*I've edited this stupid post a half dozen time today; hopefully I'm done now!*

Friday, April 16, 2010

Lay it On The Line

In the spirit of singlespeed brotherhood, transparency, and altruism I had planned on reporting what my tire selection and gearing was going to be for the Winding Trails Fat Tire Classic. But then a little voice said "Charlie, what are you fooking stupid, you don't give up any home field advantage! Fooking crazy talk! This is racing we're talking about!"

"You kiss your mother with that mouth? But I guess you're right Pat" I replied.
The true spirit of sportsmanship is also contingent on who has done their homework and is best prepared. To triumph over one environment and opponents. I wouldn't want to take that away from anyone, but since I was going to lay it on the line, here's "Lay It on The Line" by Canada's own Terry Malloy, Triumph.

Tuesday, April 13, 2010

Good and bad about numbers

The good thing about being anal retentive about cycling data is I know that I shattered my record for Pennwood tonight . My average ride time for Pennwood is about 1:20 . Today I did it in under 1:15.
While I'm psyched I'm riding faster, the conditions were ideal but they've been this good before, I'm a little bummed that what was once a hour and a half of riding is only 1 and a quarter now.
I guess I could go back out for a little more out and back, but once you're back at the truck, you kind of loose motivation to ride back and forth just to meet some preconceived number.
Since Hop Brook Dam(n), my right shin has been all tingly to the touch. It doesn't hurt or interfere with riding, but is peculiar.

Keep on growing!

I tend to be something of a numbers geek. I'll pour over results comparing times across ages and classes for endless hours. On long drives my mind often wanders to gear ratio calculations.
As I was reviewing the results from the Root 66 race series first race, Hop Brook Dam, I made note of the size of the SS fields; they're getting bigger.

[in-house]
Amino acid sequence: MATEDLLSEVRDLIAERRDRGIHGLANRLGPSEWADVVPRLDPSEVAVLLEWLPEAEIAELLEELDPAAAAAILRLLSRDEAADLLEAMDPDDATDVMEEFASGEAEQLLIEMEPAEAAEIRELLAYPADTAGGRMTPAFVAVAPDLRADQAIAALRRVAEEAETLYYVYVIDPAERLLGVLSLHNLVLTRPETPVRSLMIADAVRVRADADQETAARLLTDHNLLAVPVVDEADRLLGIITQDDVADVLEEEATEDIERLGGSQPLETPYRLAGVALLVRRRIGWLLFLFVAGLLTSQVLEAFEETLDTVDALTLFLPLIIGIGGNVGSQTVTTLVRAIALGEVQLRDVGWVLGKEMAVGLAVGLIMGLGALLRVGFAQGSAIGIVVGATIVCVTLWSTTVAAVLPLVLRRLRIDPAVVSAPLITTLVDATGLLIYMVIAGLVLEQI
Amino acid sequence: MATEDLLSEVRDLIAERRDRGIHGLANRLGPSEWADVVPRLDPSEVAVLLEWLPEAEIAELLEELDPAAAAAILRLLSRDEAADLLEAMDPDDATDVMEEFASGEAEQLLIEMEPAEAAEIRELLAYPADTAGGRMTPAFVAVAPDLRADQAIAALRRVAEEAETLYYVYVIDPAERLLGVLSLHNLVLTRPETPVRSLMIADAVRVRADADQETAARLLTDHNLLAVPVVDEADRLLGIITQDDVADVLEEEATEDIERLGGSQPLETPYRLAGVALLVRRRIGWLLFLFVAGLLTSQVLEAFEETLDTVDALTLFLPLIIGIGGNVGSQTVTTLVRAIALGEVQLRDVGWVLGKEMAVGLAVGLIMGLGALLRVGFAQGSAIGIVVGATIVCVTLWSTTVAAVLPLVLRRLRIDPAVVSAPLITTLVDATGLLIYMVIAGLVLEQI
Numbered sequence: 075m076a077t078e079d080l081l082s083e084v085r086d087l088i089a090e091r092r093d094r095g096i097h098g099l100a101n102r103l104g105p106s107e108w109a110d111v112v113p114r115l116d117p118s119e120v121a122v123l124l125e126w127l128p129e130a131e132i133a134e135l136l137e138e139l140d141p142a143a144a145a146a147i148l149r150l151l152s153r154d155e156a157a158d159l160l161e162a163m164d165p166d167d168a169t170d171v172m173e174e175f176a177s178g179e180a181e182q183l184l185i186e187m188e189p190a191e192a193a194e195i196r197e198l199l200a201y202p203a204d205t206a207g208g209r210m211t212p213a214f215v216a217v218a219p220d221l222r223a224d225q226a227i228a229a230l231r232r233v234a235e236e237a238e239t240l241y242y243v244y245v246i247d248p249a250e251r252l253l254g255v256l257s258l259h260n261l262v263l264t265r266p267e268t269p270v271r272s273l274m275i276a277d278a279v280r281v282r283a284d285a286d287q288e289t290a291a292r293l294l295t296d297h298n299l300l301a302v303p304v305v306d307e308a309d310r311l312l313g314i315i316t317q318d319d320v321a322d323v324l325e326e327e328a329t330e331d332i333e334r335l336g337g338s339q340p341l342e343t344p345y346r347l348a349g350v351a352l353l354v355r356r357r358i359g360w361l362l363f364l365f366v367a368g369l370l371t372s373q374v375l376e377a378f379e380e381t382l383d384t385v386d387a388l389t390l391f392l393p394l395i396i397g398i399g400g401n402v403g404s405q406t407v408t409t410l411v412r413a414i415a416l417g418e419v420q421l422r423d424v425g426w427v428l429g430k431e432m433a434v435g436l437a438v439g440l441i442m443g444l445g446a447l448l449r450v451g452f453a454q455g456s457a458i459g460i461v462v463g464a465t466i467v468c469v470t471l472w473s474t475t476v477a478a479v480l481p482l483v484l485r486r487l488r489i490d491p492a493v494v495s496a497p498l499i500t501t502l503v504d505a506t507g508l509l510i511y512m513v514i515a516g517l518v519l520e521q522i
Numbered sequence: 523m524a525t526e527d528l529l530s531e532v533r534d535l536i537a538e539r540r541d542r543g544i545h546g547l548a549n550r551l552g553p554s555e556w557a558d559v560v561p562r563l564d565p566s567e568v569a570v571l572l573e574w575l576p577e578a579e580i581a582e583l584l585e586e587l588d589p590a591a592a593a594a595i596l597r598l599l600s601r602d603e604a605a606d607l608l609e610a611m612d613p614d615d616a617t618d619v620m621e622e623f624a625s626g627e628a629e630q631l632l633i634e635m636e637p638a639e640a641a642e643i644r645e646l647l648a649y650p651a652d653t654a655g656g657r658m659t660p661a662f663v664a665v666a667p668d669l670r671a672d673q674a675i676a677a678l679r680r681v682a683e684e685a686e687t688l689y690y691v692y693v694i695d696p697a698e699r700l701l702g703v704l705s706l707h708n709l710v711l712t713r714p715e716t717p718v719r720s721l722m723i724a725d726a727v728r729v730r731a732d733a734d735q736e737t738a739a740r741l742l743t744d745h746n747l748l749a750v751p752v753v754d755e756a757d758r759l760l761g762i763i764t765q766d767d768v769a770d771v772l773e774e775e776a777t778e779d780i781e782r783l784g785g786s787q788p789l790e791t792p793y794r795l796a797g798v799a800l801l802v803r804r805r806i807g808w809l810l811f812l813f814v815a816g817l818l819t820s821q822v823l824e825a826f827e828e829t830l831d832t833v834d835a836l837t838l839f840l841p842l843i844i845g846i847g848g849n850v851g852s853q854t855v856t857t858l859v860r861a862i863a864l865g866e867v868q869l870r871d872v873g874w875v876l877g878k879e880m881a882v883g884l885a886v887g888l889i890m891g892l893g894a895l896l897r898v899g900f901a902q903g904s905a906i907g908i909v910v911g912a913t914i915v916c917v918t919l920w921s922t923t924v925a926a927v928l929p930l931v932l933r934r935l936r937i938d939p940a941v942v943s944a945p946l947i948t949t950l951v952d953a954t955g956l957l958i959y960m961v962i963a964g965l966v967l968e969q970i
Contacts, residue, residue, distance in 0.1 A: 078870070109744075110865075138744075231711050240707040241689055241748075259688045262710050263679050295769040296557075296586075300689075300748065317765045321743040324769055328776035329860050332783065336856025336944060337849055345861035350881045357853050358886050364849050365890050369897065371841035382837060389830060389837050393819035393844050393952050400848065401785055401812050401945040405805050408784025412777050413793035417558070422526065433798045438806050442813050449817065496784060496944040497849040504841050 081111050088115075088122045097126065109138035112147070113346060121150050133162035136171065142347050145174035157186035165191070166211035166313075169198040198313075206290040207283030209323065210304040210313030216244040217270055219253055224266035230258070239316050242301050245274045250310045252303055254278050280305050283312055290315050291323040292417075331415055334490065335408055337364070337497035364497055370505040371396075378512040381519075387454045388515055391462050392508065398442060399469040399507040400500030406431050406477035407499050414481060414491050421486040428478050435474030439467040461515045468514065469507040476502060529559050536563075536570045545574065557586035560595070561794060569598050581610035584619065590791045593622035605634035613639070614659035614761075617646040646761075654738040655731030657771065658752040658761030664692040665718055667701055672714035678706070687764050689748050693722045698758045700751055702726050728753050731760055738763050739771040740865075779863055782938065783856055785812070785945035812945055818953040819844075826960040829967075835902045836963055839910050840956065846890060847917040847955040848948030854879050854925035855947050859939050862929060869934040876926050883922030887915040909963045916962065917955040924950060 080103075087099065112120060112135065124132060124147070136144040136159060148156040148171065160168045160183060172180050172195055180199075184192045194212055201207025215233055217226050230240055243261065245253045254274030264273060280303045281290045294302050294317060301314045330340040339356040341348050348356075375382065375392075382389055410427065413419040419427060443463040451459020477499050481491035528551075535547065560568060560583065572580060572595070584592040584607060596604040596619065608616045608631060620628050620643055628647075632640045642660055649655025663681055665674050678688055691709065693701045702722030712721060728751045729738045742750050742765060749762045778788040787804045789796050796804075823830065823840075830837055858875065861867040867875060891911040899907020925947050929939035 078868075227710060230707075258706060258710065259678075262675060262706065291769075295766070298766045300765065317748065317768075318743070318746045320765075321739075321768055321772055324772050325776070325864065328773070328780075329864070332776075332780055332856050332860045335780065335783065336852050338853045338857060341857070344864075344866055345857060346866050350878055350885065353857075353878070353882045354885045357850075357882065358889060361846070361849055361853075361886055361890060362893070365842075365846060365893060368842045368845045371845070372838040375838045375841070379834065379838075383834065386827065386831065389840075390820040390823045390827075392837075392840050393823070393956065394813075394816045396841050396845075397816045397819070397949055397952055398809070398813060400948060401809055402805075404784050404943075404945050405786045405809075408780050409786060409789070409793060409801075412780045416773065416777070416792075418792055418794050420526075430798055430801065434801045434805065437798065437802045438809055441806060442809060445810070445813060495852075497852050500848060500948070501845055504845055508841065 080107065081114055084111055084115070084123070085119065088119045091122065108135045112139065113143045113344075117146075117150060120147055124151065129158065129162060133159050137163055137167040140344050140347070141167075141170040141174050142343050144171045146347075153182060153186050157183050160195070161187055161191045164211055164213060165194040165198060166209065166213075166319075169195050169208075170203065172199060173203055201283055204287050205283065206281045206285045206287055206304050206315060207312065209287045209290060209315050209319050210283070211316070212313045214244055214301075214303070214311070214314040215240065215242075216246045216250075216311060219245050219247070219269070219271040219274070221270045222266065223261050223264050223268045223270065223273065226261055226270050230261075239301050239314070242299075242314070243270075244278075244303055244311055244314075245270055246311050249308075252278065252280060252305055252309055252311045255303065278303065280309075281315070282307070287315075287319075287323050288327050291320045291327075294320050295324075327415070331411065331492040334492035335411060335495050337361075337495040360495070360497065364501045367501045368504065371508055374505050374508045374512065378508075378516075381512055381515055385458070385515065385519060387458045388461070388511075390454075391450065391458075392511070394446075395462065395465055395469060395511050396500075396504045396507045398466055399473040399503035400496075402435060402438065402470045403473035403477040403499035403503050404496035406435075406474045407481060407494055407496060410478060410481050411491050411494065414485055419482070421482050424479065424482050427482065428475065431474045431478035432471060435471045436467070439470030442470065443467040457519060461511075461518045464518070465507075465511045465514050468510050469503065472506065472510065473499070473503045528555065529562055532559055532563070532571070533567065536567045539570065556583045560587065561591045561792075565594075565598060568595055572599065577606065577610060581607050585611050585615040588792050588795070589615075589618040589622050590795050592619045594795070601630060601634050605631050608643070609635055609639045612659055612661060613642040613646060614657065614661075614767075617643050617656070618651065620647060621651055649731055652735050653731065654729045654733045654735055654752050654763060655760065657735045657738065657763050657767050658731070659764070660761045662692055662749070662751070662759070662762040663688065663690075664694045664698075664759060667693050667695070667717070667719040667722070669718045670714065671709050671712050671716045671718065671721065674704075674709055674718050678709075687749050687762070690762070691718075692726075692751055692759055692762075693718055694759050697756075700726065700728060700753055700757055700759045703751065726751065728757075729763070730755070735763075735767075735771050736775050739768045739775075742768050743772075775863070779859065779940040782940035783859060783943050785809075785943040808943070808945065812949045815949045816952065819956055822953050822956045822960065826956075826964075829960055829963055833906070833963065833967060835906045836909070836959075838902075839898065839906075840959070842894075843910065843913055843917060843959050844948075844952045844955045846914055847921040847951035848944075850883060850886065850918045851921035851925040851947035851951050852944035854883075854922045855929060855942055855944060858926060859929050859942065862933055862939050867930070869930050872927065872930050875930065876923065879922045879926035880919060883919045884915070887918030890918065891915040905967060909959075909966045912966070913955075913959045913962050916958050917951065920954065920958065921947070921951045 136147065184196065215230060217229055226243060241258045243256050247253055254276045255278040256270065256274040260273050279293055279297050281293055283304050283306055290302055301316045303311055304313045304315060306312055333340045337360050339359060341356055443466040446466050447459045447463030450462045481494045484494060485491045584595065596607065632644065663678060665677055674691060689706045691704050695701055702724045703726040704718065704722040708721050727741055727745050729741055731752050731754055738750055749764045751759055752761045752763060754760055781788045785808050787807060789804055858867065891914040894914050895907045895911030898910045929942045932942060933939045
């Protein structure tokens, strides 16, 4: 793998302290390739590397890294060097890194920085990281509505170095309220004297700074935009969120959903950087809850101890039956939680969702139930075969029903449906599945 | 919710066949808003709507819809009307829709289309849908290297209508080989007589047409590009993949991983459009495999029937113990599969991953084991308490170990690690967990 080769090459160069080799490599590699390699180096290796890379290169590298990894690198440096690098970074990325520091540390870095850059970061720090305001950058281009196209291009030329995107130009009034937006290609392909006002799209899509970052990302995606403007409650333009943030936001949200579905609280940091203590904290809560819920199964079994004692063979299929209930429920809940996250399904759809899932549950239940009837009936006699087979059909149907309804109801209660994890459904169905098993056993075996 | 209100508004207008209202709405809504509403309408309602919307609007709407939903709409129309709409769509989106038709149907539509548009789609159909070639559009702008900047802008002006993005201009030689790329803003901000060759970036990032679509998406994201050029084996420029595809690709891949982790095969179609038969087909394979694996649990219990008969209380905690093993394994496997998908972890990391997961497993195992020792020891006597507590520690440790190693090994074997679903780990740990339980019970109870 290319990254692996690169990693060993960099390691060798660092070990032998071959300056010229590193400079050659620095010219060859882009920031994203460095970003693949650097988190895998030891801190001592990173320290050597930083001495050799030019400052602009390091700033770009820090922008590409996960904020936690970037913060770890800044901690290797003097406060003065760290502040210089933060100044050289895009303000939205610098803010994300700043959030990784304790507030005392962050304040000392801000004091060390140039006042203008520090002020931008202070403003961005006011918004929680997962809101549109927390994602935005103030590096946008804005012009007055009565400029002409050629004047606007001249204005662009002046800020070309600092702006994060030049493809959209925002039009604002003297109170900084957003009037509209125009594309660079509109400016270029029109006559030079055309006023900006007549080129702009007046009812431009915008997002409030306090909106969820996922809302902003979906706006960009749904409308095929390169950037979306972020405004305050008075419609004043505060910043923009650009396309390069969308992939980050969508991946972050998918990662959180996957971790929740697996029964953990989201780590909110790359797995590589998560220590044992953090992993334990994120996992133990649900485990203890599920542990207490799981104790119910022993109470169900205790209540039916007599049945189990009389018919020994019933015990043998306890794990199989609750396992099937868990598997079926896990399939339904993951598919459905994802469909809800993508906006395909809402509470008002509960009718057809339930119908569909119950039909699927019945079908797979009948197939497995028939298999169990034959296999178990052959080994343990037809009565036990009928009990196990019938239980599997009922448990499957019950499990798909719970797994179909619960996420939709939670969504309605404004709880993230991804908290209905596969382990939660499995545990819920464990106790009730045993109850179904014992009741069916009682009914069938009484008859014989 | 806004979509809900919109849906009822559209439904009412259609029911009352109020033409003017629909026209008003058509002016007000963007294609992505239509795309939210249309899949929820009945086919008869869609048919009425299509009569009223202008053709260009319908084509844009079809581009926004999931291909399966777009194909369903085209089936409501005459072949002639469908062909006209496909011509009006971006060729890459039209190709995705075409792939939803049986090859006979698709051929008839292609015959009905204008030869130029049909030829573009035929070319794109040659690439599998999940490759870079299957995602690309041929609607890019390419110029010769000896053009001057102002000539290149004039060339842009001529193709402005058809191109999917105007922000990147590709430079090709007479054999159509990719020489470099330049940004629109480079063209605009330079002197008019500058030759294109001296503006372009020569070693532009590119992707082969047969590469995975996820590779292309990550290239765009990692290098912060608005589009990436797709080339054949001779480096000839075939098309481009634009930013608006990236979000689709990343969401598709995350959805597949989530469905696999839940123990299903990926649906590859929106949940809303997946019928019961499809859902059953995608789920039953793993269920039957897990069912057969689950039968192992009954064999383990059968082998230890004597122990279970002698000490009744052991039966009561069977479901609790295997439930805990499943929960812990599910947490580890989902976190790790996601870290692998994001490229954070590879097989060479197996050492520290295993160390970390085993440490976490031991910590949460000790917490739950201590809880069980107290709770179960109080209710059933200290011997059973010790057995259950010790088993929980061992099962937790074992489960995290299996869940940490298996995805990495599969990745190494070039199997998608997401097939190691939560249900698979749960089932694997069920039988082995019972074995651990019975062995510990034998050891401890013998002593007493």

The median field size for Cat1 was 13 riders; Cat1 SS was 14.
The median for Cat2 was 13.2; Cat2 SS was 10.
This is awesome.
Last year I rode against geared riders because the size of the SS field was often too small. If you didn't get to the singletrack or the first climb at the front you were hating life.
This past weekend racing against all singlespeeders was bliss (in an anaerobic kind of way); the only time you'd get stuck behind someone sitting and spinning was when you caught a rider, and at that point they didn't really have any effect on the race.
I hope the fields keep following this trajectory.

Piece of Mind

Right before KoB, I started having problems with my shoes coming unclipped from my Crank Brothers Eggbeater SLs. I thought it might be an issue with shoe interference, as I had recently replaced my shoes. After replacing cleats, trimming the shoe tread, trying different shoes, I determined it was the actual pedals themselves; comparing them to newer pair there was all kinds of play in the retaining bars.
After corresponding with Crank Brothers, they sent me an RA and I shipped them back for repair. Last night they responded they'd fix them for $20.
No thanks.
I don't mind that they need to be maintained, I do mind they need to be sent back to have that done.
I also wasn't crazy about the two times that the pedal body came off the spindle (different pedal sets, but within weeks of each other). First time I was able to get the body to stay on the spindle and limp out of the woods, second time I had to try and ride the greasy spindle out.